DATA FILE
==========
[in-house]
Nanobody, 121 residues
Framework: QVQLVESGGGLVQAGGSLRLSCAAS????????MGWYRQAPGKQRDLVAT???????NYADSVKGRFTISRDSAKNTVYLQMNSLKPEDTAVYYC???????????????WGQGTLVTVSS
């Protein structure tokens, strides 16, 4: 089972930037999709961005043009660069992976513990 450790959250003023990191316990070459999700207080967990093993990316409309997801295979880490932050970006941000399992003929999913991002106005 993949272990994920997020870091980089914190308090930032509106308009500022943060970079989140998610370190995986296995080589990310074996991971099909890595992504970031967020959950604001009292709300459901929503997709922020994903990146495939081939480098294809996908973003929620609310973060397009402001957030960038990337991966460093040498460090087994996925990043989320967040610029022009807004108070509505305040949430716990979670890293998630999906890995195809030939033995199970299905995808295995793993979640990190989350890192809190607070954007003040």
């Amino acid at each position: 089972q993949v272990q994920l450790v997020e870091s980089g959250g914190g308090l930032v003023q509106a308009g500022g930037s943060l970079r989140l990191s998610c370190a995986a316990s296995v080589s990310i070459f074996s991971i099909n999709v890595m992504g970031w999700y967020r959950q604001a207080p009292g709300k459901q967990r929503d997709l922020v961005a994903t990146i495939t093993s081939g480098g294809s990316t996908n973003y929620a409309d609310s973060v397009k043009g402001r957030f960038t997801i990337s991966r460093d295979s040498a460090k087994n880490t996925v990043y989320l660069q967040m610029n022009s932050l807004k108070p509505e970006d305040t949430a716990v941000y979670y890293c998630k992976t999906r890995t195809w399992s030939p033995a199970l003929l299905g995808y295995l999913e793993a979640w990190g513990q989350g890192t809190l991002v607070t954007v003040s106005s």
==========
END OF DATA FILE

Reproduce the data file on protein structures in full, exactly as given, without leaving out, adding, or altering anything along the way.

[in-house]
Nanobody, 121 residues
Framework: QVQLVESGGGLVQAGGSLRLSCAAS????????MGWYRQAPGKQRDLVAT???????NYADSVKGRFTISRDSAKNTVYLQMNSLKPEDTAVYYC???????????????WGQGTLVTVSS
């Protein structure tokens, strides 16, 4: 089972930037999709961005043009660069992976513990 450790959250003023990191316990070459999700207080967990093993990316409309997801295979880490932050970006941000399992003929999913991002106005 993949272990994920997020870091980089914190308090930032509106308009500022943060970079989140998610370190995986296995080589990310074996991971099909890595992504970031967020959950604001009292709300459901929503997709922020994903990146495939081939480098294809996908973003929620609310973060397009402001957030960038990337991966460093040498460090087994996925990043989320967040610029022009807004108070509505305040949430716990979670890293998630999906890995195809030939033995199970299905995808295995793993979640990190989350890192809190607070954007003040």
């Amino acid at each position: 089972q993949v272990q994920l450790v997020e870091s980089g959250g914190g308090l930032v003023q509106a308009g500022g930037s943060l970079r989140l990191s998610c370190a995986a316990s296995v080589s990310i070459f074996s991971i099909n999709v890595m992504g970031w999700y967020r959950q604001a207080p009292g709300k459901q967990r929503d997709l922020v961005a994903t990146i495939t093993s081939g480098g294809s990316t996908n973003y929620a409309d609310s973060v397009k043009g402001r957030f960038t997801i990337s991966r460093d295979s040498a460090k087994n880490t996925v990043y989320l660069q967040m610029n022009s932050l807004k108070p509505e970006d305040t949430a716990v941000y979670y890293c998630k992976t999906r890995t195809w399992s030939p033995a199970l003929l299905g995808y295995l999913e793993a979640w990190g513990q989350g890192t809190l991002v607070t954007v003040s106005s």